Juan finished his leg at almost exactly midnight. I took the bib, clipped it around my waist, and off I went on the yellow loop. There was a full moon somewhere in the sky, but the fog had obscured any of that light from entering the forest. Illuminated only by my headlamp, I plunged into the fern and tree lined trail at a steady gallop. The rain had made the footing quite treacherous. Ferns drooped across the path making every step a guessing game. April had warned that this trail was slick and had several drop-offs that sent her sprawling. I soon found the first of these and successfully landed on the muddy surface without wiping out. I had a decent pace going, at least it felt pretty fast, and was overtaking runners every few minutes. There wasn’t any room on the trail to go two-wide, so the slower runners would step off the trail allowing me to pass. Midway through the loop, the trail heads up a hill that is lined by evenly spaced pines. The visual symmetry of this vista, cloaked in a misty fog, lit by my headlamp and a slight glow from the moon above was breathtaking. I used this stretch to speed up and chew up some ground before the trail began to twist and turn again. Finally the moon began to show through the clouds, but the fog at ground level was still so thick I could barely see anything. On one turn, there was a disco ball being run by a generator. This was to keep runners from plunging off the scenic overlook into the river below. When I first saw the spinning, dancing lights, I thought I was going to have some kind of alien encounter. With no E.T.’s to be seen, I rounded the final bend and traversed the ramp across the entrance to the transition area to hand off the race bib to Alex as he took off for his second loop.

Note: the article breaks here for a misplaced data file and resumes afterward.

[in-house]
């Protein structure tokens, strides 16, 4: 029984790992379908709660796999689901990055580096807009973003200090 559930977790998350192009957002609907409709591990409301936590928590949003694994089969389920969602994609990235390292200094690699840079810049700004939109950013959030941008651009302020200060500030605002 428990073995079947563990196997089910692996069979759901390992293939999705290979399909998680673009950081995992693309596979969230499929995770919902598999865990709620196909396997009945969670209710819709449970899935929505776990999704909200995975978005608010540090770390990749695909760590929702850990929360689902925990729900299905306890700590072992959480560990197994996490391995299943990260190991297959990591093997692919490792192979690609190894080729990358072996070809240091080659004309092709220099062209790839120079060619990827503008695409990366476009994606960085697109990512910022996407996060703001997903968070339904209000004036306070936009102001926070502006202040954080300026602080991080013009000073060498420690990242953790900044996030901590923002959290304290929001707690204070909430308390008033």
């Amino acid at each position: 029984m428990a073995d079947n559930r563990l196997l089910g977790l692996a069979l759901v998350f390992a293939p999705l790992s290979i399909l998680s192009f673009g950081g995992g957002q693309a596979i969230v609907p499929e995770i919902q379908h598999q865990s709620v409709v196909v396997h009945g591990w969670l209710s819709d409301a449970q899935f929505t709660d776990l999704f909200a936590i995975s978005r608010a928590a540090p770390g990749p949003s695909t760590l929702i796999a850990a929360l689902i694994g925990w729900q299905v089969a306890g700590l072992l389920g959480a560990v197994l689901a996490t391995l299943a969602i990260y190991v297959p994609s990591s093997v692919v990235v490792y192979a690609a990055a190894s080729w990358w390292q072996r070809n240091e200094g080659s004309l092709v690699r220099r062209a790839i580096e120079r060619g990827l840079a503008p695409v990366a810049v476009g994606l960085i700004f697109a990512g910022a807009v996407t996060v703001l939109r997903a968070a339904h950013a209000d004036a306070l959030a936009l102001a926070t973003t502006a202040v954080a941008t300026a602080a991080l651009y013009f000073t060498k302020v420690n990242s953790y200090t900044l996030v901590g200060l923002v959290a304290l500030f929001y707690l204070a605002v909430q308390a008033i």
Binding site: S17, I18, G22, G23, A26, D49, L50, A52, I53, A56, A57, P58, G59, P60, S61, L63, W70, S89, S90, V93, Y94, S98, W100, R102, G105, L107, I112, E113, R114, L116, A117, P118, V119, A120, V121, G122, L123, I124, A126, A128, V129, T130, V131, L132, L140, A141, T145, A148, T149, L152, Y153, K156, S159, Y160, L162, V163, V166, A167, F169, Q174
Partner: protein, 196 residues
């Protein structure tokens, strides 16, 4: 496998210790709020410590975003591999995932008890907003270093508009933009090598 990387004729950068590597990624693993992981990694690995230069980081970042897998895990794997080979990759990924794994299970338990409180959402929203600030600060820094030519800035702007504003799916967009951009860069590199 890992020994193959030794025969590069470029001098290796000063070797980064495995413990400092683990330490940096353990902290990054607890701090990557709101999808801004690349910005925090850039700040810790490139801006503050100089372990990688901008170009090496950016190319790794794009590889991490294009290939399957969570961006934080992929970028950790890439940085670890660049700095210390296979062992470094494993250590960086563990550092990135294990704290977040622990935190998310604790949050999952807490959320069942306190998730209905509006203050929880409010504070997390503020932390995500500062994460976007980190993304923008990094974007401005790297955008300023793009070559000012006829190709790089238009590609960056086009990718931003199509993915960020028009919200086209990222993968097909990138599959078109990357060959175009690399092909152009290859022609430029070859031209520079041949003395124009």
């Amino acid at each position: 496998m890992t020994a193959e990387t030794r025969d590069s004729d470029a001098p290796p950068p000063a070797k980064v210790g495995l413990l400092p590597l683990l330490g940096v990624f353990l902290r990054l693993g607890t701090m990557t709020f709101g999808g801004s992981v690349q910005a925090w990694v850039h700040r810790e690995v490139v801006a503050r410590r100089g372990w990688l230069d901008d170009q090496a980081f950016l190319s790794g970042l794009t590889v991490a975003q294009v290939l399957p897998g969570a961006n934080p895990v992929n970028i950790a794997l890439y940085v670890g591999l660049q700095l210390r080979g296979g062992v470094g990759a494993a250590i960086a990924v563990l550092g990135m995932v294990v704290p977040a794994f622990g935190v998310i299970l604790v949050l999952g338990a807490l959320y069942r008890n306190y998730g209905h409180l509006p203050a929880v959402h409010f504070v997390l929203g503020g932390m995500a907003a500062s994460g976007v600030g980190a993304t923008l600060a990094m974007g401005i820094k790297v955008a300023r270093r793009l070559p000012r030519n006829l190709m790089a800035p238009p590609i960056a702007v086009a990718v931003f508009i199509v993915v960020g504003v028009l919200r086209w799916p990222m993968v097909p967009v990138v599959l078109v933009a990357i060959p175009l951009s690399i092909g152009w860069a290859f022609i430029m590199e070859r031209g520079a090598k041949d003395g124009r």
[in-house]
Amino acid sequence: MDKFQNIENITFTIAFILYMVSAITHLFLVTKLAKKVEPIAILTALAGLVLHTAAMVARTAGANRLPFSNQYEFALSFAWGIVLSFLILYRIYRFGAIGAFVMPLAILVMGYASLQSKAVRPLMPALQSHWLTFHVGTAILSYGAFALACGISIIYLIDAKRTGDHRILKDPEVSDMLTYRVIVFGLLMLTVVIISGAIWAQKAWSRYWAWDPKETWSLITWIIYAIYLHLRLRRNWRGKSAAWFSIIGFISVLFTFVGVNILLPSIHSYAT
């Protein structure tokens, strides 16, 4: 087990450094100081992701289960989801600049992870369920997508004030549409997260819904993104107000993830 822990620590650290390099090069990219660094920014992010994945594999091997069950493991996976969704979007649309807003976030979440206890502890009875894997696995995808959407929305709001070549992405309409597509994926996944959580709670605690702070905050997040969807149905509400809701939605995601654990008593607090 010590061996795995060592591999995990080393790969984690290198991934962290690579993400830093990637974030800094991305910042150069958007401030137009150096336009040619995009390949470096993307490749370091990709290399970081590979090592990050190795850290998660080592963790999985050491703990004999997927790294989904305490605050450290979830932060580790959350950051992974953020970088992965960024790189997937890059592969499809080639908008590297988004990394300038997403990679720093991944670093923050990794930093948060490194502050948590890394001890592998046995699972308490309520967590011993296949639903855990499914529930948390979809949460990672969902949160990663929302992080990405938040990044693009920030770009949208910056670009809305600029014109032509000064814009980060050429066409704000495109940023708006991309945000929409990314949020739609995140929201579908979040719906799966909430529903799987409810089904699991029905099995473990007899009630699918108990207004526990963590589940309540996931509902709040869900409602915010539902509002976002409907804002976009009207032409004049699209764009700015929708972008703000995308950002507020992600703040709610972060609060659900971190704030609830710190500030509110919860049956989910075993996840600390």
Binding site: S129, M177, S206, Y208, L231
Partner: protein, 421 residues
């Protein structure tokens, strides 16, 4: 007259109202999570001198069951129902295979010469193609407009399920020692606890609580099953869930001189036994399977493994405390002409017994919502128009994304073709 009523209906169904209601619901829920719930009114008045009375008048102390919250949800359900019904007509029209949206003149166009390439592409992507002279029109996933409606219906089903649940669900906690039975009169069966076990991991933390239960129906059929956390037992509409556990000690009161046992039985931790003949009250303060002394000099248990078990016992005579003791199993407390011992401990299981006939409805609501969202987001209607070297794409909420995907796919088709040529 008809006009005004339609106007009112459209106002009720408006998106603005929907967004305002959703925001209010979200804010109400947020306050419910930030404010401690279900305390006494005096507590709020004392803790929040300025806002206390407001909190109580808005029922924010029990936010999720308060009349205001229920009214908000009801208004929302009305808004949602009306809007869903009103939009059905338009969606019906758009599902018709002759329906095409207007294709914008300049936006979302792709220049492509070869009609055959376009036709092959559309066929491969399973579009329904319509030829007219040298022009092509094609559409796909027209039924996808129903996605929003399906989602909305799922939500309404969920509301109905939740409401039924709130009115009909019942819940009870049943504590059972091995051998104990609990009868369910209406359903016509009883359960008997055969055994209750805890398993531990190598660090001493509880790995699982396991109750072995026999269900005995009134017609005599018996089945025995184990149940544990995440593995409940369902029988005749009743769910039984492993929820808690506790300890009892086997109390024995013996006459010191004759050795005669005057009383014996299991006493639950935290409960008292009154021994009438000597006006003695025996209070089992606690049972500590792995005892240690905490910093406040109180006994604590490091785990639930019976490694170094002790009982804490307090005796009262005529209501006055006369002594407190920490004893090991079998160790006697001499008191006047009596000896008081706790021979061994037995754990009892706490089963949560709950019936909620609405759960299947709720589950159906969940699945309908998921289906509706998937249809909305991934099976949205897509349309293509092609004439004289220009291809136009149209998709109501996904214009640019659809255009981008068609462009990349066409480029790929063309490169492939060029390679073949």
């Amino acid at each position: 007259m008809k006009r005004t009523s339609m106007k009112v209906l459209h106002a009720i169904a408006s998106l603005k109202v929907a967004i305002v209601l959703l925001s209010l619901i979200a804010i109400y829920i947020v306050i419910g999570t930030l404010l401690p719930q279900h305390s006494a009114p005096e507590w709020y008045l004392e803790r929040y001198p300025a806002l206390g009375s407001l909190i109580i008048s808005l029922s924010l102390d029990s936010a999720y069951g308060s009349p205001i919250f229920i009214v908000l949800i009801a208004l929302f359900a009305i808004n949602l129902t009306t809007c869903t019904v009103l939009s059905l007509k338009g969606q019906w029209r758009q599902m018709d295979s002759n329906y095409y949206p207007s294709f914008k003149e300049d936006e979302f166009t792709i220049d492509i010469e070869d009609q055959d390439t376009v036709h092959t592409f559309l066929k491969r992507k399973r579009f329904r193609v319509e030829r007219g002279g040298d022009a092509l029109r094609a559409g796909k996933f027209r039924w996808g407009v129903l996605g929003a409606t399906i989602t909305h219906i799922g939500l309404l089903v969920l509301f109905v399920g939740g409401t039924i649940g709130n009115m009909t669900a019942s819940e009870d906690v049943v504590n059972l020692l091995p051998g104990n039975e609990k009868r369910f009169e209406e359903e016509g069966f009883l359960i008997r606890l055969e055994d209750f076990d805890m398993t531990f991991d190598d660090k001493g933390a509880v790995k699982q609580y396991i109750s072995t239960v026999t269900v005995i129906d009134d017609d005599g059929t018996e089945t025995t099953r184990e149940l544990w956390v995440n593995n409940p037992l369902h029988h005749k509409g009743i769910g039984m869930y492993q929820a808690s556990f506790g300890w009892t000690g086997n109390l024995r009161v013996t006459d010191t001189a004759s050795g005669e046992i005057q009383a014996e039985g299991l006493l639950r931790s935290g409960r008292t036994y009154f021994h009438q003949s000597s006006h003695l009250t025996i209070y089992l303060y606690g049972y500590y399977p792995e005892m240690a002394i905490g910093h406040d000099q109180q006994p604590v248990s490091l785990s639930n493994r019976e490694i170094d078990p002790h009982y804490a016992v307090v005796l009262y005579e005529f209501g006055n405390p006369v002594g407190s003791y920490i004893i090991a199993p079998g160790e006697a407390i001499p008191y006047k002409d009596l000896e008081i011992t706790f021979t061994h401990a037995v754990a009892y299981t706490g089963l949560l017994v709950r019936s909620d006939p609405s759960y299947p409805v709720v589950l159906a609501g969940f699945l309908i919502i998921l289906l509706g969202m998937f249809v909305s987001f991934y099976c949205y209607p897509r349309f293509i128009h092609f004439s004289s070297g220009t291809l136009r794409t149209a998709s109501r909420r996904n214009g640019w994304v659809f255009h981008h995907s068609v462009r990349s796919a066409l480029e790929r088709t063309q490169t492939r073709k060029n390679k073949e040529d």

The team continued to hand off the race bib through the night. I decided to try and take a bit of a nap sometime around 2 AM. I think I only slept about an hour at the most. We were camped near the first aid station and the gas powered generator that powered it ran constantly.

My turn in the rotation came again around 6 AM. I at least had a little bit of daylight to attack the shortest of the three loops – the 3.2 mile green loop. The rain had stopped late in the night but it was still a muddy mess on the trails. The green loop definitely the fastest. It was the widest of the paths and you could skirt the mud by running on the side of the trail where there was still a little grass and weeds, jumping from side to side when an obstacle cut off the side of the trail you were running on. I was tired by this time. Next to no sleep, walking around the camping area all night, laying on the hard ground – it took its toll. But we all powered through it.

One more rotation to go. I was the anchor leg. When I finish, we go home! We continued our tradition of saluting each runner as they dash out of the transition tent, cheering them on when they return. The last trail for me was the dreaded red loop. 6.7 miles. Boulders, streams, mud, slippery bridges, never-ending hills – I had heard all about it. Jonathan described it as running through hell. Fortunately I had daylight on my side – he did it in the dark. It was hell in the daylight as well. The scenery was gorgeous, but the hills and mud made it a very difficult trail to run on what little energy I had left. I powered through it and was met near the finish by the rest of my team. All 8 of us crossed the finish together and put an end to the race.

The Ragnar Trail Relay was definitely a fun and challenging race. I had a blast camping with my friends and sharing our adventures on the trails of West Virginia.